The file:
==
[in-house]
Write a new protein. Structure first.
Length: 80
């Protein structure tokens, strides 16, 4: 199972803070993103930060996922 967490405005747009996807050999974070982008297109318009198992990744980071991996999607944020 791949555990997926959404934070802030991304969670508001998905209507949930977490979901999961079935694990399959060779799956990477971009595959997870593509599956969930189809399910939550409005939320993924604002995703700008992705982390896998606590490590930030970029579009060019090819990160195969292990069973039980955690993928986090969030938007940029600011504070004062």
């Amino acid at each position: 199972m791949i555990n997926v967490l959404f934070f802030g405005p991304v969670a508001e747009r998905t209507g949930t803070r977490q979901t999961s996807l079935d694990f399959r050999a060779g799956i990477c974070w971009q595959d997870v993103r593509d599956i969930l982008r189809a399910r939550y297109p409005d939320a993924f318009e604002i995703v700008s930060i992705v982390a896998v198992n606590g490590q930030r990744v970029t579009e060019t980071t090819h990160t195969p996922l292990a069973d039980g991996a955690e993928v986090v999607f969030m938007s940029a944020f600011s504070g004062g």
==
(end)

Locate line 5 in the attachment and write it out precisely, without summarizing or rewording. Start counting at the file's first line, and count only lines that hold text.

């Amino acid at each position: 199972m791949i555990n997926v967490l959404f934070f802030g405005p991304v969670a508001e747009r998905t209507g949930t803070r977490q979901t999961s996807l079935d694990f399959r050999a060779g799956i990477c974070w971009q595959d997870v993103r593509d599956i969930l982008r189809a399910r939550y297109p409005d939320a993924f318009e604002i995703v700008s930060i992705v982390a896998v198992n606590g490590q930030r990744v970029t579009e060019t980071t090819h990160t195969p996922l292990a069973d039980g991996a955690e993928v986090v999607f969030m938007s940029a944020f600011s504070g004062g």